The Maestro of Your Childhood, Muriel Fahrion, says Black Lives Matter

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You may not know her name, but Muriel Fahrion of Tulsa, Oklahoma, has been a formative part of children’s lives for generations now.

Fahrion, 76, has led quite a quiet life behind in the shadows of her most iconic creations- The Care Bears, Strawberry Shortcake & Friends, The GetAlong Gang as well as many other memorable characters she created for or licensed to companies like American Greetings, who still sell Care Bear merchandise nearly 40 years after. Although several artists are credited with painting the Care Bears over the years, it was Fahrion who, having already helped create the unmistakable look of Strawberry Shortcake, was among the franchise’s first concept artists to put the bears to paper.

It wasn’t until this year when Fahrion’s son, Colin, announced to the world that Fahrion, a staunch supporter of civil rights and equality, had created a “Black Lives Matter” Care Bear and “Orange Blossom” from the Strawberry Shortcake family that she was selling through her Redbubble Store with proceeds going to the Reed Foundation, a Black founded organization which proves assistance to disadvantaged youth in her home town.

The revelation that the “Mother of our Childhood Characters” and that she was a part of the important movement brought Fahrion out into the spotlight, and we were not ready for the fabulous, lip syncing, kitchen dancing, beautifully creative woman behind the curtain. In fact, the internet went wild for her.

The world fell in love with Muriel Fahrion, who had been in most of their lives for decades, overnight.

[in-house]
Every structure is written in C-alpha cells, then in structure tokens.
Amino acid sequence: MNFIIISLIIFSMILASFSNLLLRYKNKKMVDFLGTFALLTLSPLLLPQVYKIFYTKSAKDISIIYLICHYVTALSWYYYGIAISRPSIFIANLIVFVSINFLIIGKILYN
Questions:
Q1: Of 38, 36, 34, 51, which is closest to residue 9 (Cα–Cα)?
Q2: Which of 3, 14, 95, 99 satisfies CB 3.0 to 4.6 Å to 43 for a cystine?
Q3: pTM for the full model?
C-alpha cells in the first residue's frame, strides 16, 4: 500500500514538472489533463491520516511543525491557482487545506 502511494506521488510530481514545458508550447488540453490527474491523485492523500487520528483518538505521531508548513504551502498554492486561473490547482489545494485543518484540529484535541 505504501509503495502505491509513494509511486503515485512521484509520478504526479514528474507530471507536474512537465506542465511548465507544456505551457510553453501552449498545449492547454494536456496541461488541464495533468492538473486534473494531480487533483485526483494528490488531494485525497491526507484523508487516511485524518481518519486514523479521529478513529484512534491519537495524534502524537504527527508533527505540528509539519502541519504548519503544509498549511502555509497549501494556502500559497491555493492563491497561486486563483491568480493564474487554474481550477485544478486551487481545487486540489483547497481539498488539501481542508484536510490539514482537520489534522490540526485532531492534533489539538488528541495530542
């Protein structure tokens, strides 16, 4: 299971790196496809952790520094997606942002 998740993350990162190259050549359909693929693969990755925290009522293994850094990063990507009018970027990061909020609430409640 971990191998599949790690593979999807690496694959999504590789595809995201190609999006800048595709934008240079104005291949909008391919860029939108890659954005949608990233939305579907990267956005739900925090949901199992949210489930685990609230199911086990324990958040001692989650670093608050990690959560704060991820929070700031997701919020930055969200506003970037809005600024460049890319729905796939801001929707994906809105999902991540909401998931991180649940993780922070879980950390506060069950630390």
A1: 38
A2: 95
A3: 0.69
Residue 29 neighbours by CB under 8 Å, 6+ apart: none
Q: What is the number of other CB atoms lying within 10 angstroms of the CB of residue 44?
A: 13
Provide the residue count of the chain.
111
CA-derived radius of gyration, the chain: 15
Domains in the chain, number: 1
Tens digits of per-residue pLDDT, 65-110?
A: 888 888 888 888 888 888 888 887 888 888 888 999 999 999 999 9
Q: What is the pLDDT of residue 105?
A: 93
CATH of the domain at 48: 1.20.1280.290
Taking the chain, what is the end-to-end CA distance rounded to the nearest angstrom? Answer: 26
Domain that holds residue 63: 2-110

However, Muriel is not looking down from an ivory tower simply virtue signaling. In an interview with TulsaWorld in 2019, Fahrion told reporter Jimmie Tramel that her work did not leave her well off, financially, despite the franchises she was instrumental in creating making millions of dollars.

“I didn’t get (Strawberry Shortcake) royalties because I was work for hire,” she said. “Most artists are that way. Most commercial artists and illustrators work that way. Only the rare ones make the big time and get the royalties.”

A former employer in Oklahoma told her it was a shame she didn’t get a piece of the financial pie (or in this case, the shortcake). Her reply: If I had gotten royalties, you never would have met me.

“I would have been in Cleveland living on the Gold Coast,” she said. “That’s where I would have been. I wouldn’t have left Cleveland. In some ways, it’s not about money. I really like Oklahoma.”

Losing her husband, Michael, to non-Hodgkin’s lymphoma in 2018 was a devastating blow to the artist. She went on to say;

“It drained all the money we had. Everything. It’s gone. I’m not a starving artist. I still get social security. I still get some money. But it drained so much that now I am supporting myself again. I’m back in it.”

But, it’s clear Fahrion focuses on the bright side, recently celebrating 10,000 followers on Instagram thrilled her so much she stayed up all night and made a video documenting it.

Unfortunately, Fahrion has stopped selling her creations for Black Live Matter fundraising as the rights owners to The Care Bears, CloudCo Entertainment, cited her with copyright infringement and had the drawing removed from from her shop- but not before she raised 2,500 for The Reed Foundation. After the complaint from CloudCo, she decided to take down her Orange Blossom art as well, to “Avoid going to court.”

Muriel has a fun and uplifting Instagram where she does daily kitchen dances, talks to her followers, posts new art she has created, including new characters directly from her imagination, like the Cameow Cats and a new piece to show her solidarity with Black Lives Matter. You can find her official store here.

Welcome to your long overdue fame, Muriel. You make the world a happier place.

Written by

Actor, Filmmaker, LGBTQ+ & Women’s Rights Activist All work copyright

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